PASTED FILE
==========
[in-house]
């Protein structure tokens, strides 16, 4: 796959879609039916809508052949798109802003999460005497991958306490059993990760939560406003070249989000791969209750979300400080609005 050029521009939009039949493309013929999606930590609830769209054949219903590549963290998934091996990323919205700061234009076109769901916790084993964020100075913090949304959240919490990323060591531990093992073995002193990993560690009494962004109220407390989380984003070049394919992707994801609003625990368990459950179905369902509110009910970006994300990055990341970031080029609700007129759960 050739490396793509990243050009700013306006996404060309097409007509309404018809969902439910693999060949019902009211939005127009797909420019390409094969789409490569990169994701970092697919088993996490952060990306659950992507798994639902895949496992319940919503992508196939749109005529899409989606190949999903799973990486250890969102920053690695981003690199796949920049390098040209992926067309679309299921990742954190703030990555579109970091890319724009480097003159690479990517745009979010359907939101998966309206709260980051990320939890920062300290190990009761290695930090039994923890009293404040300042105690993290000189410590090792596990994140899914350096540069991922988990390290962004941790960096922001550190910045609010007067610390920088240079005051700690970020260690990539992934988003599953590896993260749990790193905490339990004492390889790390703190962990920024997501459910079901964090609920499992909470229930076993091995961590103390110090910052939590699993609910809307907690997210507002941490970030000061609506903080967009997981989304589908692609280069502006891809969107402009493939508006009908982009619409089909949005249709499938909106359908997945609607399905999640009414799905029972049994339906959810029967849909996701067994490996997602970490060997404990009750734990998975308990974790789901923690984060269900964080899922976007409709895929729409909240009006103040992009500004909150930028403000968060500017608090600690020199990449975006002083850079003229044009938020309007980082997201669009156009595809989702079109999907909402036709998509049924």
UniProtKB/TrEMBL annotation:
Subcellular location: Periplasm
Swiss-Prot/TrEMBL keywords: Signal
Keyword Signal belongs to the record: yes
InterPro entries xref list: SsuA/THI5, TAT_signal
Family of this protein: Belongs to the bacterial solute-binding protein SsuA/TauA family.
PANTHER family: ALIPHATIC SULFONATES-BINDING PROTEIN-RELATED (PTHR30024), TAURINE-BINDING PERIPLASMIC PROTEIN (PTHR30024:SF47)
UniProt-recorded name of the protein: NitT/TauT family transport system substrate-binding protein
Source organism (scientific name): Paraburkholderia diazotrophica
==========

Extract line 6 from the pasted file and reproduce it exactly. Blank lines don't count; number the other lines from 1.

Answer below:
Keyword Signal belongs to the record: yes